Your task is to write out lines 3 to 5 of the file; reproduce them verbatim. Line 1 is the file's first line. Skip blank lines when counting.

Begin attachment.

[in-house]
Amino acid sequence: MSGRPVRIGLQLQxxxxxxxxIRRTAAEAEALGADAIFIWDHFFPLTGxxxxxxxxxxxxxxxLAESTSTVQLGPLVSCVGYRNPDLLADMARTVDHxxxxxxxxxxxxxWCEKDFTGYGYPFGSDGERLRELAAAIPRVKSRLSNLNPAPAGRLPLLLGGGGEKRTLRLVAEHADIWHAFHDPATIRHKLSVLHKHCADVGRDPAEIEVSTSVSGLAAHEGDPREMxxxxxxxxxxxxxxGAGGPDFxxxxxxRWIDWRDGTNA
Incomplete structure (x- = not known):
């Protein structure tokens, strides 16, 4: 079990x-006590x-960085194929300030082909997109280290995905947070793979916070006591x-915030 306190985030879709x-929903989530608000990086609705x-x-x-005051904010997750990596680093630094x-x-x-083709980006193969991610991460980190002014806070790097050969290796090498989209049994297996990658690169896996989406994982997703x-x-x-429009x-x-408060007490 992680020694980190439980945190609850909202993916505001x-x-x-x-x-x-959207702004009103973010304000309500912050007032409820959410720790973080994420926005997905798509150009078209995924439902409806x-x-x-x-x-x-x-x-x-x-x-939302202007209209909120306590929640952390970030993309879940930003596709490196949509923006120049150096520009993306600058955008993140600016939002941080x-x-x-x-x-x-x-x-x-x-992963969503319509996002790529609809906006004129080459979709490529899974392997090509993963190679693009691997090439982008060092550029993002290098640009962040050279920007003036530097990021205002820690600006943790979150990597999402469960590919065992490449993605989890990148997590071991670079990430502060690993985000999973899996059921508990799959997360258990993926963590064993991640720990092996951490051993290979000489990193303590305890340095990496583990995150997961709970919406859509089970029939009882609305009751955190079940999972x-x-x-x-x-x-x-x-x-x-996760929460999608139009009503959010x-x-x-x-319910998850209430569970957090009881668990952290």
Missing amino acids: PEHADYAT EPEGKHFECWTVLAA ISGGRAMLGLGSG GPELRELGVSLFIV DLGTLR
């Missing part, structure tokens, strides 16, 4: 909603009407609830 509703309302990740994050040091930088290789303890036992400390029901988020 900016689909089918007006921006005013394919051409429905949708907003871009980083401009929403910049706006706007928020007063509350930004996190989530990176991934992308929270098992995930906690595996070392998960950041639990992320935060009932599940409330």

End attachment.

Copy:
Incomplete structure (x- = not known):
């Protein structure tokens, strides 16, 4: 079990x-006590x-960085194929300030082909997109280290995905947070793979916070006591x-915030 306190985030879709x-929903989530608000990086609705x-x-x-005051904010997750990596680093630094x-x-x-083709980006193969991610991460980190002014806070790097050969290796090498989209049994297996990658690169896996989406994982997703x-x-x-429009x-x-408060007490 992680020694980190439980945190609850909202993916505001x-x-x-x-x-x-959207702004009103973010304000309500912050007032409820959410720790973080994420926005997905798509150009078209995924439902409806x-x-x-x-x-x-x-x-x-x-x-939302202007209209909120306590929640952390970030993309879940930003596709490196949509923006120049150096520009993306600058955008993140600016939002941080x-x-x-x-x-x-x-x-x-x-992963969503319509996002790529609809906006004129080459979709490529899974392997090509993963190679693009691997090439982008060092550029993002290098640009962040050279920007003036530097990021205002820690600006943790979150990597999402469960590919065992490449993605989890990148997590071991670079990430502060690993985000999973899996059921508990799959997360258990993926963590064993991640720990092996951490051993290979000489990193303590305890340095990496583990995150997961709970919406859509089970029939009882609305009751955190079940999972x-x-x-x-x-x-x-x-x-x-996760929460999608139009009503959010x-x-x-x-319910998850209430569970957090009881668990952290």
Missing amino acids: PEHADYAT EPEGKHFECWTVLAA ISGGRAMLGLGSG GPELRELGVSLFIV DLGTLR